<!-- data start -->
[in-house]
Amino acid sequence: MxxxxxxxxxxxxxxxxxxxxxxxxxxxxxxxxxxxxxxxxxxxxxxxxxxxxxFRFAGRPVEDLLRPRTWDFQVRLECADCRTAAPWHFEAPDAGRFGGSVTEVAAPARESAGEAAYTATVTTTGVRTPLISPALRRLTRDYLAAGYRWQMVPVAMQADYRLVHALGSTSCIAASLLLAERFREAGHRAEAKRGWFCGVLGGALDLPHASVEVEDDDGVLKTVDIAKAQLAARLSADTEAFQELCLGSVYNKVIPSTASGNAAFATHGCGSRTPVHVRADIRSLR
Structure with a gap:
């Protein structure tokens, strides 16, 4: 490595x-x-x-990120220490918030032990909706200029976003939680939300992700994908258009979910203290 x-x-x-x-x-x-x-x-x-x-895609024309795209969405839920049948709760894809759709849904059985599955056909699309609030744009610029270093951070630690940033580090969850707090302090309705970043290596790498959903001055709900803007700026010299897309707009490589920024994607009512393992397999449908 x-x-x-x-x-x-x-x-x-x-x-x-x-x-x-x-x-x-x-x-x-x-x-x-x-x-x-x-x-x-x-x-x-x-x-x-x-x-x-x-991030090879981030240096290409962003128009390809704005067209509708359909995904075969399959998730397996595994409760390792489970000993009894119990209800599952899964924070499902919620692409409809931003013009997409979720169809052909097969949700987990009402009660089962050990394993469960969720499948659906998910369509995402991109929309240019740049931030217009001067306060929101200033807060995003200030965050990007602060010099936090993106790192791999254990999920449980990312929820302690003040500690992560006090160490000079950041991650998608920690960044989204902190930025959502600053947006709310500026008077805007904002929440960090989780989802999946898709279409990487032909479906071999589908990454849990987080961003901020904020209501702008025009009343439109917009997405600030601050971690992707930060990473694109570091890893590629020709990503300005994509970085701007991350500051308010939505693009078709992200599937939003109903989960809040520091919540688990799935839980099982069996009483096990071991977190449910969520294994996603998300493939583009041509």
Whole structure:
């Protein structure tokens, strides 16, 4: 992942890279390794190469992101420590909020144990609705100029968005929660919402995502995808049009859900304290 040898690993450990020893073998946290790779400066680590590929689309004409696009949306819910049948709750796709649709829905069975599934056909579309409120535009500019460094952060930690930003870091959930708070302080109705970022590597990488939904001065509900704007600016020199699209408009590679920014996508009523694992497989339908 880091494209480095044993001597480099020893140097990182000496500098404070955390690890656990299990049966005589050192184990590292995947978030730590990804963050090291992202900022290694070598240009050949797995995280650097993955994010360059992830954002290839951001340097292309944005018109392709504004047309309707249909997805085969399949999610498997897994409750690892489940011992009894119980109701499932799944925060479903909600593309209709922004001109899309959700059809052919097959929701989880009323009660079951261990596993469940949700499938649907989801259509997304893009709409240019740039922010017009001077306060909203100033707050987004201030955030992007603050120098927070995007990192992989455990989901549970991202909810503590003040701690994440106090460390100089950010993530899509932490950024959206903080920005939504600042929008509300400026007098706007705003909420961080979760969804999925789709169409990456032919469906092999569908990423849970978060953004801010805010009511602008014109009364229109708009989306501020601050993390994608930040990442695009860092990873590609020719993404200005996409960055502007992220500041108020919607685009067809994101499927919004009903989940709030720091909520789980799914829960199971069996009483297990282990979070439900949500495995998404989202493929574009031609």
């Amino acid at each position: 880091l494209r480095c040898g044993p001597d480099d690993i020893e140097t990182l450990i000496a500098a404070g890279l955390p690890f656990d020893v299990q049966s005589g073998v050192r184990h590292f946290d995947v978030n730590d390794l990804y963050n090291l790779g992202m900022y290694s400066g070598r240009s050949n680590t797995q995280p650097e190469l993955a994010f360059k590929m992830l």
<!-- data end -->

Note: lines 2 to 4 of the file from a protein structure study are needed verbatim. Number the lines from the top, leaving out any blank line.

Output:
Amino acid sequence: MxxxxxxxxxxxxxxxxxxxxxxxxxxxxxxxxxxxxxxxxxxxxxxxxxxxxxFRFAGRPVEDLLRPRTWDFQVRLECADCRTAAPWHFEAPDAGRFGGSVTEVAAPARESAGEAAYTATVTTTGVRTPLISPALRRLTRDYLAAGYRWQMVPVAMQADYRLVHALGSTSCIAASLLLAERFREAGHRAEAKRGWFCGVLGGALDLPHASVEVEDDDGVLKTVDIAKAQLAARLSADTEAFQELCLGSVYNKVIPSTASGNAAFATHGCGSRTPVHVRADIRSLR
Structure with a gap:
């Protein structure tokens, strides 16, 4: 490595x-x-x-990120220490918030032990909706200029976003939680939300992700994908258009979910203290 x-x-x-x-x-x-x-x-x-x-895609024309795209969405839920049948709760894809759709849904059985599955056909699309609030744009610029270093951070630690940033580090969850707090302090309705970043290596790498959903001055709900803007700026010299897309707009490589920024994607009512393992397999449908 x-x-x-x-x-x-x-x-x-x-x-x-x-x-x-x-x-x-x-x-x-x-x-x-x-x-x-x-x-x-x-x-x-x-x-x-x-x-x-x-991030090879981030240096290409962003128009390809704005067209509708359909995904075969399959998730397996595994409760390792489970000993009894119990209800599952899964924070499902919620692409409809931003013009997409979720169809052909097969949700987990009402009660089962050990394993469960969720499948659906998910369509995402991109929309240019740049931030217009001067306060929101200033807060995003200030965050990007602060010099936090993106790192791999254990999920449980990312929820302690003040500690992560006090160490000079950041991650998608920690960044989204902190930025959502600053947006709310500026008077805007904002929440960090989780989802999946898709279409990487032909479906071999589908990454849990987080961003901020904020209501702008025009009343439109917009997405600030601050971690992707930060990473694109570091890893590629020709990503300005994509970085701007991350500051308010939505693009078709992200599937939003109903989960809040520091919540688990799935839980099982069996009483096990071991977190449910969520294994996603998300493939583009041509």